What’s the value of my home in Westport, Connecticut?

Determining the value of a home can be a complex process, as there are many factors that can affect a home’s value. While some factors may be more relevant to your home than others, it’s important to consider all aspects when determining your home’s price point.

If you’re thinking about selling, here are some factors you should consider to know the value of your home in Westport, Connecticut.

what's the value of my home

How Do I Discover the Value of My Home?

While you can go through the trouble of using research and analysis to determine your home’s value, most people turn to a real estate professional or certified appraiser. Professionals who appraise homes are experts at what they do, so your home is more likely to be priced appropriately. This is because home appraisers examine your home carefully and closely to ensure that they consider all factors to create the right price point.

During a home appraisal, a real estate professional will walk through your home and take note of anything that will determine its value, including features, condition, and more. This process ensures that your home is priced at a fair market value, so you can get your money’s worth when you sell.

6 Factors That Can Affect the Value of a Home

So, what determines the value of a property? Well, there are many different variables that realtors use to determine how to price a home, including the following:


One of the most important factors that can affect a home’s value is its location. Homes in desirable neighborhoods that are close to good schools, shops, and other amenities tend to be more valuable than homes in less desirable areas. Employment opportunities and other sources of entertainment nearby are also taken into consideration.

Additionally, the price of your home can be affected by the selling point of other houses around it. If you’re in a nice neighborhood with houses going for a higher price, your home will likely be priced higher, as well. In the world of real estate, homes comparable to yours are typically referred to as “comps.” With these types of homes, you’ll want to examine:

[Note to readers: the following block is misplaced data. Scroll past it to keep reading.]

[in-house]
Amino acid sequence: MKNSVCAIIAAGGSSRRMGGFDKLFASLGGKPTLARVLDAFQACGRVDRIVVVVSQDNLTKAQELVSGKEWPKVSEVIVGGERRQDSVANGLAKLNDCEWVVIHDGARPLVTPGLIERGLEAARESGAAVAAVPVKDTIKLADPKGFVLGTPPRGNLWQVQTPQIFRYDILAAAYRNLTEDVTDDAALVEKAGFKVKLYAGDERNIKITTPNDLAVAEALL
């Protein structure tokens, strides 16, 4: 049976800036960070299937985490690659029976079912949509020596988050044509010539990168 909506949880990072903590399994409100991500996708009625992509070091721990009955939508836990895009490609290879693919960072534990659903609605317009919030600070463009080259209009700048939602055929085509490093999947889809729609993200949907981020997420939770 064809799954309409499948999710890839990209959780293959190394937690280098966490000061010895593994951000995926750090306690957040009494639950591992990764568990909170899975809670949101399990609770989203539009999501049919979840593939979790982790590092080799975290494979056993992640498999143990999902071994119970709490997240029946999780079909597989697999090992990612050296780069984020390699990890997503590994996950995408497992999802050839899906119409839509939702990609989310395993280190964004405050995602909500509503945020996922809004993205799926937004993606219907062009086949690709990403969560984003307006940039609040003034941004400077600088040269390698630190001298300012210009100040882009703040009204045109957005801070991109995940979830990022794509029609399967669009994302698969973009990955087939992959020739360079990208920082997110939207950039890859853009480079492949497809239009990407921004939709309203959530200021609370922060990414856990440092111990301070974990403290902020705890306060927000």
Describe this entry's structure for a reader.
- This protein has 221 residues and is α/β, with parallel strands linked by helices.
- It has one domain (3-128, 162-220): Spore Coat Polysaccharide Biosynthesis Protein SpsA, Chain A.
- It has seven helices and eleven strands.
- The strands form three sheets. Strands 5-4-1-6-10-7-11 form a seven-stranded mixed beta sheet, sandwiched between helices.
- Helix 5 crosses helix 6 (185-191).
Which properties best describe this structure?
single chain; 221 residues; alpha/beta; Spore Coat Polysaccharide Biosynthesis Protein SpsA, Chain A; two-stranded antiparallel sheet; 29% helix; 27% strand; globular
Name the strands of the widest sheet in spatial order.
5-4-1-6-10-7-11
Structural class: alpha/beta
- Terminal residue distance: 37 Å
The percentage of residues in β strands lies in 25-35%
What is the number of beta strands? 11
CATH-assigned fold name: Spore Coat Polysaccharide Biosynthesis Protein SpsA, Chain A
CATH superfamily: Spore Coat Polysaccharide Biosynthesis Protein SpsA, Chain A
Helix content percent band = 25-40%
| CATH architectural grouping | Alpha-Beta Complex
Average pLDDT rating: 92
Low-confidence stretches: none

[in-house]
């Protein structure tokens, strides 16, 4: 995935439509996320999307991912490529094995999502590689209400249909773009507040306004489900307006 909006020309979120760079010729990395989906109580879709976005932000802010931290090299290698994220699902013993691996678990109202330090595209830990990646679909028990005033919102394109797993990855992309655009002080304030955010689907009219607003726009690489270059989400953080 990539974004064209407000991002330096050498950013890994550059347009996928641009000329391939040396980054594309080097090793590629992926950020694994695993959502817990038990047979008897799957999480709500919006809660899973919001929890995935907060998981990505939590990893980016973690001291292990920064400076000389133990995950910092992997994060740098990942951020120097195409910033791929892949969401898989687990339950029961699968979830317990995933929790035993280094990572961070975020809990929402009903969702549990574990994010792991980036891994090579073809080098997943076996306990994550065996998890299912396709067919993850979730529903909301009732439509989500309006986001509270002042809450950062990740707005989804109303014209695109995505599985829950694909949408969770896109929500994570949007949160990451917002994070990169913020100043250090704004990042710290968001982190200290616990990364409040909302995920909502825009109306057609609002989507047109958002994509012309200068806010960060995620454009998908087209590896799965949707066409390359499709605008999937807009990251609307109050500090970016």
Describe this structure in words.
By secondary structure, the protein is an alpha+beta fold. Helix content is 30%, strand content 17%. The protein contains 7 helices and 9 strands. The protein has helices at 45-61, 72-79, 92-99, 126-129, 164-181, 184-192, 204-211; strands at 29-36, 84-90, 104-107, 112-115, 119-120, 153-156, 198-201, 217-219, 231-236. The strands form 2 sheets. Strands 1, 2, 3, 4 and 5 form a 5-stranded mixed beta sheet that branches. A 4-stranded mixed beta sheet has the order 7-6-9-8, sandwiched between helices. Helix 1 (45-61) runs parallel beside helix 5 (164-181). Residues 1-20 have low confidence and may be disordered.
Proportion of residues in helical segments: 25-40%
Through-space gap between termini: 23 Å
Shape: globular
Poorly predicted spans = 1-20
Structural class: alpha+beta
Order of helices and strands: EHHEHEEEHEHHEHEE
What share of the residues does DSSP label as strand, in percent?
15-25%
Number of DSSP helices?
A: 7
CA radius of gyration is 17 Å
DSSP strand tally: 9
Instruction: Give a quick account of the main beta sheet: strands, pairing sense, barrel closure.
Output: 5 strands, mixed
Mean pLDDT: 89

• Recency: How recently was the home last sold?
  • Home Features: Are the features within the home, including bedrooms, bathrooms, square footage, kitchen appliances, and more, comparable to what you have in your house?
  • Distance: Is the home in close proximity to yours?

While no two houses will ever be the same, comparing your home to others that share features and have already sold on the market is a great way to estimate your house’s value.


The size of your home—specifically its square footage—is one of the leading factors in determining its value. Larger homes with more square footage and rooms will obviously be of higher value than those that are smaller and less spacious.

However, price points related to the home’s size can also be affected by the layout of each floor and the quality of the features within the home. For example, if the home is larger but doesn’t necessarily have as much usable space, it may not come with a higher price point. Attics, unfinished basements, and garages may all be included in the total square footage of your home, but these spaces are excluded when determining the home’s value.